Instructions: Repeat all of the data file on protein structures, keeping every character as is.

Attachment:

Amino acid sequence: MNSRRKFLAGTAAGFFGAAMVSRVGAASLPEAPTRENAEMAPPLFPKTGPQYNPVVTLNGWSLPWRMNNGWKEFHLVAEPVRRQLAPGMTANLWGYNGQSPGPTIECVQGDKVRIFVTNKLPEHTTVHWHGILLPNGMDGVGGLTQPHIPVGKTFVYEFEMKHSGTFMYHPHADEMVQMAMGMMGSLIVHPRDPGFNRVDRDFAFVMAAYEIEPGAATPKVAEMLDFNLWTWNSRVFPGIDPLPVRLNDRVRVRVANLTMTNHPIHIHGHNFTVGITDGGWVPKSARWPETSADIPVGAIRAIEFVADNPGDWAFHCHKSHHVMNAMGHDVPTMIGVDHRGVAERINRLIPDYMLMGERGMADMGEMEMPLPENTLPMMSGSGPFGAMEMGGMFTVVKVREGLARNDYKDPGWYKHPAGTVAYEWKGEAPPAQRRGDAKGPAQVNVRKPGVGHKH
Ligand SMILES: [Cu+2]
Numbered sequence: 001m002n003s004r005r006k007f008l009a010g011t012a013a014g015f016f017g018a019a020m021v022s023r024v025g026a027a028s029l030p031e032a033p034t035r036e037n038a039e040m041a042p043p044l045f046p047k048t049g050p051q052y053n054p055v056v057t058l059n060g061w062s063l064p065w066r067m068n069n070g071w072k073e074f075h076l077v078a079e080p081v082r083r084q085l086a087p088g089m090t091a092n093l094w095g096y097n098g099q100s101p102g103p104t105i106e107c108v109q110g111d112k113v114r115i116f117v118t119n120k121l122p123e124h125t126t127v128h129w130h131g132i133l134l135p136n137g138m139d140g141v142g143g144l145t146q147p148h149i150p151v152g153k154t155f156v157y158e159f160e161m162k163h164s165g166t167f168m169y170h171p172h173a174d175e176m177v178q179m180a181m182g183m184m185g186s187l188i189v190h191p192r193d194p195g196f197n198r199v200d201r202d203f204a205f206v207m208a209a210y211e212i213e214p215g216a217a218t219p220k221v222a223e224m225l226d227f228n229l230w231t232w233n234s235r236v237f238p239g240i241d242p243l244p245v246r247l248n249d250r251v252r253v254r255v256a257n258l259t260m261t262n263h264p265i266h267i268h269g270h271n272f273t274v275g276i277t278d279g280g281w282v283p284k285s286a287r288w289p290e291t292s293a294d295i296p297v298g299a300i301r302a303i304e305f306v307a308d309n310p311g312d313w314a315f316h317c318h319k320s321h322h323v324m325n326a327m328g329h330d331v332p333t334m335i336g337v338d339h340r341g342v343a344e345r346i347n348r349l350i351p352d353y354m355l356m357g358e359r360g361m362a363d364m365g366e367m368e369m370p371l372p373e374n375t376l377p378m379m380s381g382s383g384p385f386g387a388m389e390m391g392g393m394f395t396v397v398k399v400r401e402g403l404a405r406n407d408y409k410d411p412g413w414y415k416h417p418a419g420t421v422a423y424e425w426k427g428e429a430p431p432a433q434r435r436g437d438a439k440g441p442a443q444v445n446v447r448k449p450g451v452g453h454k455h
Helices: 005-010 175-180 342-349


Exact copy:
Amino acid sequence: MNSRRKFLAGTAAGFFGAAMVSRVGAASLPEAPTRENAEMAPPLFPKTGPQYNPVVTLNGWSLPWRMNNGWKEFHLVAEPVRRQLAPGMTANLWGYNGQSPGPTIECVQGDKVRIFVTNKLPEHTTVHWHGILLPNGMDGVGGLTQPHIPVGKTFVYEFEMKHSGTFMYHPHADEMVQMAMGMMGSLIVHPRDPGFNRVDRDFAFVMAAYEIEPGAATPKVAEMLDFNLWTWNSRVFPGIDPLPVRLNDRVRVRVANLTMTNHPIHIHGHNFTVGITDGGWVPKSARWPETSADIPVGAIRAIEFVADNPGDWAFHCHKSHHVMNAMGHDVPTMIGVDHRGVAERINRLIPDYMLMGERGMADMGEMEMPLPENTLPMMSGSGPFGAMEMGGMFTVVKVREGLARNDYKDPGWYKHPAGTVAYEWKGEAPPAQRRGDAKGPAQVNVRKPGVGHKH
Ligand SMILES: [Cu+2]
Numbered sequence: 001m002n003s004r005r006k007f008l009a010g011t012a013a014g015f016f017g018a019a020m021v022s023r024v025g026a027a028s029l030p031e032a033p034t035r036e037n038a039e040m041a042p043p044l045f046p047k048t049g050p051q052y053n054p055v056v057t058l059n060g061w062s063l064p065w066r067m068n069n070g071w072k073e074f075h076l077v078a079e080p081v082r083r084q085l086a087p088g089m090t091a092n093l094w095g096y097n098g099q100s101p102g103p104t105i106e107c108v109q110g111d112k113v114r115i116f117v118t119n120k121l122p123e124h125t126t127v128h129w130h131g132i133l134l135p136n137g138m139d140g141v142g143g144l145t146q147p148h149i150p151v152g153k154t155f156v157y158e159f160e161m162k163h164s165g166t167f168m169y170h171p172h173a174d175e176m177v178q179m180a181m182g183m184m185g186s187l188i189v190h191p192r193d194p195g196f197n198r199v200d201r202d203f204a205f206v207m208a209a210y211e212i213e214p215g216a217a218t219p220k221v222a223e224m225l226d227f228n229l230w231t232w233n234s235r236v237f238p239g240i241d242p243l244p245v246r247l248n249d250r251v252r253v254r255v256a257n258l259t260m261t262n263h264p265i266h267i268h269g270h271n272f273t274v275g276i277t278d279g280g281w282v283p284k285s286a287r288w289p290e291t292s293a294d295i296p297v298g299a300i301r302a303i304e305f306v307a308d309n310p311g312d313w314a315f316h317c318h319k320s321h322h323v324m325n326a327m328g329h330d331v332p333t334m335i336g337v338d339h340r341g342v343a344e345r346i347n348r349l350i351p352d353y354m355l356m357g358e359r360g361m362a363d364m365g366e367m368e369m370p371l372p373e374n375t376l377p378m379m380s381g382s383g384p385f386g387a388m389e390m391g392g393m394f395t396v397v398k399v400r401e402g403l404a405r406n407d408y409k410d411p412g413w414y415k416h417p418a419g420t421v422a423y424e425w426k427g428e429a430p431p432a433q434r435r436g437d438a439k440g441p442a443q444v445n446v447r448k449p450g451v452g453h454k455h
Helices: 005-010 175-180 342-349